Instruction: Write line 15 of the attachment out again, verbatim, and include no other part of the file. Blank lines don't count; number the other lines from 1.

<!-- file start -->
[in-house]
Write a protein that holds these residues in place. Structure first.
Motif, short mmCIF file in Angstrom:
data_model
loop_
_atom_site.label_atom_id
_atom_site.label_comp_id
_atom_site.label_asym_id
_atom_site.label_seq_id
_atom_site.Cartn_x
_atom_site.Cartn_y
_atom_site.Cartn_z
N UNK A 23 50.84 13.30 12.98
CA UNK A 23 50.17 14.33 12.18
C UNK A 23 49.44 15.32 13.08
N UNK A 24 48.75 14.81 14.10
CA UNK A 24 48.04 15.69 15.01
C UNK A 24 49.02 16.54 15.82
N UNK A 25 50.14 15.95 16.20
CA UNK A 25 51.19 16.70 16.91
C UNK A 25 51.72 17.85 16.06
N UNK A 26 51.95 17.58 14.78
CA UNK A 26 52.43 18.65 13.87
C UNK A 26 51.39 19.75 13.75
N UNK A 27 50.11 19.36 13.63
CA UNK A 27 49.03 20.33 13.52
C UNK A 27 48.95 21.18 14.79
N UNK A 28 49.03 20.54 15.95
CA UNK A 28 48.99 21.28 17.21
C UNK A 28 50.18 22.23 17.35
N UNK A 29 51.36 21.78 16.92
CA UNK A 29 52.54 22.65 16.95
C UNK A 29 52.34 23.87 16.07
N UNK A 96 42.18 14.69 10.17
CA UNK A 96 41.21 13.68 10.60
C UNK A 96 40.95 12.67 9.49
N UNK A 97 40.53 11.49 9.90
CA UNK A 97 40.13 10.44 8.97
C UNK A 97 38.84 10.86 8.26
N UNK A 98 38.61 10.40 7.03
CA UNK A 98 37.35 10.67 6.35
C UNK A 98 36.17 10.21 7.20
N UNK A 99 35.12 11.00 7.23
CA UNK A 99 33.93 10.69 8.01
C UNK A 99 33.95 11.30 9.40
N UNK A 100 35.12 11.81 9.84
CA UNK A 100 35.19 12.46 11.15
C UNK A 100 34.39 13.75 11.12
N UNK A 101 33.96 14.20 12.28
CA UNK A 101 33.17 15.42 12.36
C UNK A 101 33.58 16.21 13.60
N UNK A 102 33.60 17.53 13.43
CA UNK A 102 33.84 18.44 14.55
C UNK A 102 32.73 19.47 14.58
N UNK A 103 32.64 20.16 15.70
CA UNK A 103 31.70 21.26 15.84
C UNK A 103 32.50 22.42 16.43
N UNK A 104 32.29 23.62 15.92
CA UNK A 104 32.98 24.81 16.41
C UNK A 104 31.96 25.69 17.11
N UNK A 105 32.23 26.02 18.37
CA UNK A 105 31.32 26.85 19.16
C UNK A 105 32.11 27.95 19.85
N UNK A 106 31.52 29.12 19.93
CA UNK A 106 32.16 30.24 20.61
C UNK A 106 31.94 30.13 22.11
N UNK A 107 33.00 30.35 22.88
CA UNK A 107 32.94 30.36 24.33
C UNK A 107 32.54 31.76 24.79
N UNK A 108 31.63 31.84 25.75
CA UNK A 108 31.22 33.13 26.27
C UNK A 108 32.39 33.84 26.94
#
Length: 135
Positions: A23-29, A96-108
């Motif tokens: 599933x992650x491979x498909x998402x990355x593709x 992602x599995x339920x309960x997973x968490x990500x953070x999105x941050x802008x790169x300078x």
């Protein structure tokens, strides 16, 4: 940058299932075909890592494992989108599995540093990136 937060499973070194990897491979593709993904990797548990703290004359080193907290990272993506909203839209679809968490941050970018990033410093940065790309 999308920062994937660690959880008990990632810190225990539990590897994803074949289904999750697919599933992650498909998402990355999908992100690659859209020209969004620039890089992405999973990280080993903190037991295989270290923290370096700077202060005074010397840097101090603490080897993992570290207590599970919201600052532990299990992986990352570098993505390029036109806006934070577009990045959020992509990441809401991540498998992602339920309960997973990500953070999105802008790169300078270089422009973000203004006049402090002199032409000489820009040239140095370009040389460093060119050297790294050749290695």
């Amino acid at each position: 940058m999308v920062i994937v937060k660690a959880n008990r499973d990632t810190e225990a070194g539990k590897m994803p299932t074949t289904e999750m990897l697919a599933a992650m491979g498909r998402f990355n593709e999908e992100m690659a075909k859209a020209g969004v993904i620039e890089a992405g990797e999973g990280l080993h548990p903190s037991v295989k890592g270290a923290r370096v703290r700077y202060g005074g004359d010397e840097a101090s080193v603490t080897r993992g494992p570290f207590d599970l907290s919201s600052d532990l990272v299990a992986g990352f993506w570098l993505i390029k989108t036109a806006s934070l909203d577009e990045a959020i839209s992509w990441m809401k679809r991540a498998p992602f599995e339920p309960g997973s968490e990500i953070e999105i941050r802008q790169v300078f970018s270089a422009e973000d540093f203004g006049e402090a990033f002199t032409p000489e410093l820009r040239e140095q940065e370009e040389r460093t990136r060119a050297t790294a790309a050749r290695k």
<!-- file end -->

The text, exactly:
C UNK A 23 49.44 15.32 13.08